Zhirinovsky Promises to Clean House

MTZhirinovsky speaking Thursday near the sign "I'll Clean the Whole Country!"
The Liberal Democratic Party on Thursday formally nominated party leader Vladimir Zhirinovsky to run for president.

The 171 delegates in the lavish Surikov Hall in northern Moscow voted almost unanimously to nominate Zhirinovsky as their candidate in the March 2 election, in which First Deputy Prime Minister Dmitry Medvedev is seen as a favorite after receiving President Vladimir Putin's backing this week.

Zhirinovsky was the only candidate up for nomination. ??????

In a trademark thunderous rant, Zhirinovsky accused pro-Kremlin parties United Russia and A Just Russia of being loaded with corrupt bureaucrats, the Communists of being successors of a terrorist regime, and the liberal Yabloko and Union of Right Forces of being agents of the West.

He stood under a sign that read, "I'll Clean the Whole Country" and said his campaign slogan would be: "You Will Answer for Everything." The bureaucrats will answer, Zhirinovsky clarified.

Dressed in a flashy pink tie, Zhirinovsky spoke for more than an hour, praising the LDPR as the country's only independent political force and saying the party supported democracy and a free press. "We want a different Russia with open and fair elections," Zhirinovsky said.

He also reiterated the more radical points of his political reform program, which includes abolishing ethnic republics and the Federation Council.

Although his voice was amplified to almost unbearable levels and his speech mostly resembled a lecture, Zhirinovsky was well received by delegates.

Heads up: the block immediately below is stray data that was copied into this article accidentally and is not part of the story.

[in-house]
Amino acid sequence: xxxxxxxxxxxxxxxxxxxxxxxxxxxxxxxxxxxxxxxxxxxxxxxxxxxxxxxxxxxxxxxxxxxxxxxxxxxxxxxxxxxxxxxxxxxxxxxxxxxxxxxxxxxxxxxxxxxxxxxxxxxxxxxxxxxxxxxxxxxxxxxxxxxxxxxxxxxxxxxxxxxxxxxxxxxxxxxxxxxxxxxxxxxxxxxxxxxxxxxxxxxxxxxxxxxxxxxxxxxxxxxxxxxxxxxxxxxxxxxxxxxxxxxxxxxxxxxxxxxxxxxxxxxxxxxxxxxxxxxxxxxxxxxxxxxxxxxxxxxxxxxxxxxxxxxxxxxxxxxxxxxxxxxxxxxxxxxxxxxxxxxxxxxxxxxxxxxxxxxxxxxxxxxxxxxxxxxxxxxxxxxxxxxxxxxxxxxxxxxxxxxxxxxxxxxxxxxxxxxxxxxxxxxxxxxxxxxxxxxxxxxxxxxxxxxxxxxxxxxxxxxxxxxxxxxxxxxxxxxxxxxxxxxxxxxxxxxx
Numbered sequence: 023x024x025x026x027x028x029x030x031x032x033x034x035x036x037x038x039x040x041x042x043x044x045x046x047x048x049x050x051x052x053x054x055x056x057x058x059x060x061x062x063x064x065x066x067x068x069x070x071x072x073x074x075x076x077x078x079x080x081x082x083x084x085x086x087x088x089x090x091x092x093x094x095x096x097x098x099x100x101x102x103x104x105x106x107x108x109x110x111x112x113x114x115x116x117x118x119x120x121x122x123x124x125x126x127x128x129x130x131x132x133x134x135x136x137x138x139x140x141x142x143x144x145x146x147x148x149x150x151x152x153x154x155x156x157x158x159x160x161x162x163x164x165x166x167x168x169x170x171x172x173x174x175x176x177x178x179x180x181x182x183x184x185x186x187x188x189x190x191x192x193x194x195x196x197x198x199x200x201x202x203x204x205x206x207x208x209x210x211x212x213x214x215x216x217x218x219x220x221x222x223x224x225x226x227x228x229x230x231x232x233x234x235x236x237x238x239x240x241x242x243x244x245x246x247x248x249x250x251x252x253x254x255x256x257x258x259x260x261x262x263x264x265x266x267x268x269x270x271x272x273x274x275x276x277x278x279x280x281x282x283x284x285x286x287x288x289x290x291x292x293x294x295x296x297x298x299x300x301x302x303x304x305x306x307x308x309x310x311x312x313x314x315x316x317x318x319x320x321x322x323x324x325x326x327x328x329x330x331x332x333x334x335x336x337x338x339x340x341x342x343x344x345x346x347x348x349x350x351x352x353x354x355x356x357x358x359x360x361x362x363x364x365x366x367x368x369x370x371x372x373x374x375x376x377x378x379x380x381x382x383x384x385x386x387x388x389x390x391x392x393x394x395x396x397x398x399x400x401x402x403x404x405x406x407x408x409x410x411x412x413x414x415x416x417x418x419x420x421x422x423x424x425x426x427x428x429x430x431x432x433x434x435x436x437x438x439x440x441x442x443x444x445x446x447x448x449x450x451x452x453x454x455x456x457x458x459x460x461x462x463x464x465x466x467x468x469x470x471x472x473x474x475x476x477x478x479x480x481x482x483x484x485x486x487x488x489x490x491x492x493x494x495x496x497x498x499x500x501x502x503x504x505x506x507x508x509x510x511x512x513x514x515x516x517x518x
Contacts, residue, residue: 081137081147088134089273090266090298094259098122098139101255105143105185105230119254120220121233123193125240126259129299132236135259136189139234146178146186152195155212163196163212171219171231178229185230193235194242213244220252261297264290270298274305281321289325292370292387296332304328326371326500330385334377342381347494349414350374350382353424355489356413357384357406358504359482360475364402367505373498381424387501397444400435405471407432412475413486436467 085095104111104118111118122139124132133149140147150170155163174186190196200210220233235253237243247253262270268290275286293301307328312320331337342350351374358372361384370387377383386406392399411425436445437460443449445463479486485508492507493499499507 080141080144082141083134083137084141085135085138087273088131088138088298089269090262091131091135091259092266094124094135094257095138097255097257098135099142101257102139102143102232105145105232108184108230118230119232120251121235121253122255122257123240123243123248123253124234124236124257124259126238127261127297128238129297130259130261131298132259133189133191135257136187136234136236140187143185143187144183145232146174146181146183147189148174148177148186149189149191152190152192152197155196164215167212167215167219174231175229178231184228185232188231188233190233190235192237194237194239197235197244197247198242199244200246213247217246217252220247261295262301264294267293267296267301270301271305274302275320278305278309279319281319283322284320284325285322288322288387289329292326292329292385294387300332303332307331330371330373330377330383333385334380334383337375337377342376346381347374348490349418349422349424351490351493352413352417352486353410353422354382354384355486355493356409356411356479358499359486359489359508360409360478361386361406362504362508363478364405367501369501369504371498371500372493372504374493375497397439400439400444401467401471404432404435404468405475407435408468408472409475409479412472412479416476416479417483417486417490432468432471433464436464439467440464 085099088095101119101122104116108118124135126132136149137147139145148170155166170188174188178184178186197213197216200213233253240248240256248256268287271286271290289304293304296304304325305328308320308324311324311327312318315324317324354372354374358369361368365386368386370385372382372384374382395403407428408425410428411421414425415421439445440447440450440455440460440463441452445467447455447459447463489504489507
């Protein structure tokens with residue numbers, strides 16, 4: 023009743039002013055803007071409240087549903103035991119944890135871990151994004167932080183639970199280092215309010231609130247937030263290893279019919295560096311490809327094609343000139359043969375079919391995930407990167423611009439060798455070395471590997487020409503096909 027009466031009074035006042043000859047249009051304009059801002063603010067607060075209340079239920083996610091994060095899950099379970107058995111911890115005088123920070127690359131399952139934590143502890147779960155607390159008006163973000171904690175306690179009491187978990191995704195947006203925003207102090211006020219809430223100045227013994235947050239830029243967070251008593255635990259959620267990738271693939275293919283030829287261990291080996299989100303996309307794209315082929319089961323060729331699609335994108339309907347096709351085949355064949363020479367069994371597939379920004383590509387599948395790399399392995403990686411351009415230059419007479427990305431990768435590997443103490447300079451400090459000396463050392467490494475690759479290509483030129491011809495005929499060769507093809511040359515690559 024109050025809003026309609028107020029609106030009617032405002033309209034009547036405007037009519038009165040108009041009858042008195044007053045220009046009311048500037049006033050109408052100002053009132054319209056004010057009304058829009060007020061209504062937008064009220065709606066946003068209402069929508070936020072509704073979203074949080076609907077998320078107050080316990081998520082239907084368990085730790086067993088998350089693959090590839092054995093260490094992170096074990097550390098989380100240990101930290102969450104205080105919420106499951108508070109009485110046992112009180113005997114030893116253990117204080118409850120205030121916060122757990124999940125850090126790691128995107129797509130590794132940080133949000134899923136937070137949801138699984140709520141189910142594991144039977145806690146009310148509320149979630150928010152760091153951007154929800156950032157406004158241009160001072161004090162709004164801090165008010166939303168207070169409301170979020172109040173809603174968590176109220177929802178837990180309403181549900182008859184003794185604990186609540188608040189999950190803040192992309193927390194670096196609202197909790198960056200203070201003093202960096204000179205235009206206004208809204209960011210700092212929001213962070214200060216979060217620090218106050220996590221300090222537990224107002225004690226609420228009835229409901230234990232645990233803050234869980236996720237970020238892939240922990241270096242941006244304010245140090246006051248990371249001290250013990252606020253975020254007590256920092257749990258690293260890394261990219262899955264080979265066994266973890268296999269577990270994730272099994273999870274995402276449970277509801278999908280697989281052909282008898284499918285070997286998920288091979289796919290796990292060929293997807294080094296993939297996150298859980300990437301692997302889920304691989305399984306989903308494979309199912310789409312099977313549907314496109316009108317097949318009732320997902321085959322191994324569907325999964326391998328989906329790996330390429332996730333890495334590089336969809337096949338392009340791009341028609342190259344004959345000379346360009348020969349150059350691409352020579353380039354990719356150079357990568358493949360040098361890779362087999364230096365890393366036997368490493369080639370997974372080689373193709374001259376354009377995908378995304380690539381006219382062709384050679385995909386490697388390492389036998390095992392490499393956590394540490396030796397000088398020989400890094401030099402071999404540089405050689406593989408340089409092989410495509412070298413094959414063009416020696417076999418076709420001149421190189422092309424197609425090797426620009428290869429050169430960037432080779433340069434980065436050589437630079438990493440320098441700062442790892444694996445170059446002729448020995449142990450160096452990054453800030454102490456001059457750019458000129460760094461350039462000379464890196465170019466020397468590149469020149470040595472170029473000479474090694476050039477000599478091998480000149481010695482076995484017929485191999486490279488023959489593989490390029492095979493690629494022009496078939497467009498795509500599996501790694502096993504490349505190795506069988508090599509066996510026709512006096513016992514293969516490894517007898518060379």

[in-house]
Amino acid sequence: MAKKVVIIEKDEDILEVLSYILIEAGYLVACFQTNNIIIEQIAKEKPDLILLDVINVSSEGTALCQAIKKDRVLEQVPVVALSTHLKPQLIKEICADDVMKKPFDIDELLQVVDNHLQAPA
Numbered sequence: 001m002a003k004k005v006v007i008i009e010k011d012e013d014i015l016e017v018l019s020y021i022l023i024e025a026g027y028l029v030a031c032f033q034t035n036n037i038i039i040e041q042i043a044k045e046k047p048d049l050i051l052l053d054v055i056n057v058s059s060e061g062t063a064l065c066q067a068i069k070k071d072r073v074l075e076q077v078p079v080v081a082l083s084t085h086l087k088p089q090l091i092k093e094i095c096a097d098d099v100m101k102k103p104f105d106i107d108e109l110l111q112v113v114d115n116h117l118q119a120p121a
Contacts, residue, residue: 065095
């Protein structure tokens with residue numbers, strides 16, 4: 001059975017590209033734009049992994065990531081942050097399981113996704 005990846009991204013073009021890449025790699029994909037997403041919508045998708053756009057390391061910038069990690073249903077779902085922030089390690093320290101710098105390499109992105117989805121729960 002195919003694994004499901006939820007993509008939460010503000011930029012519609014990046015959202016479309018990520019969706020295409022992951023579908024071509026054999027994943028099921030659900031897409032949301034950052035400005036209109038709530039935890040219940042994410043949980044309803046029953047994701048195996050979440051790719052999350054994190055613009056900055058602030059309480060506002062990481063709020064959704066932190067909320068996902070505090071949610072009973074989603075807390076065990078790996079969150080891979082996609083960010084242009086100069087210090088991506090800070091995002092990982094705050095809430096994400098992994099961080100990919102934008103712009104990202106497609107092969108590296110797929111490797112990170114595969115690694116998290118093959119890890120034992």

"He is one the most experienced and talented politicians in Russia," said Viktor Symbal, a delegate from the Far East city of Magadan, where the LDPR got its best result -- 15.4 percent -- in the Dec. 2. State Duma elections.

Symbal argued that Zhirinovsky was a better presidential candidate than Medvedev, as did Sverdlovsk delegate Galina Trubeyeva, who called the Putin-backed candidate "a nobody, just some bureaucrat."

"Zhirinovsky is a personality and the leader of a party," Trubeyeva said.

Zhirinovsky's results in presidential elections have worsened significantly over the years. In 1991, he took third place with almost 8 percent. In 1996, he collected 5.7 percent, and in 2000 he had 2.7 percent. He opted not to run in 2004, leaving the job to his former bodyguard Oleg Malyshkin, who scored 2 percent.

Apart from Zhirinovsky, Medvedev and Communist leader Gennady Zyuganov, 25 independent candidates have applied to the Central Elections Commission to run as presidential candidates, commission member Maya Grishina told reporters Thursday.

The candidates include former Prime Minister Mikhail Kasyanov, outgoing independent Duma Deputy Vladimir Ryzhkov and former Soviet dissident Vladimir Bukovsky, Grishina said.

According to election laws, independent presidential candidates must be nominated by at least 500 supporters by Dec. 18. If the Central Elections Commission approves the nomination, an independent candidate must then submit two million voter signatures by Jan. 16.

Parties will have until Dec. 23 to hold congresses where they nominate their candidates and submit the nominations to election officials.

Staff Writer Natalya Krainova contributed to this report.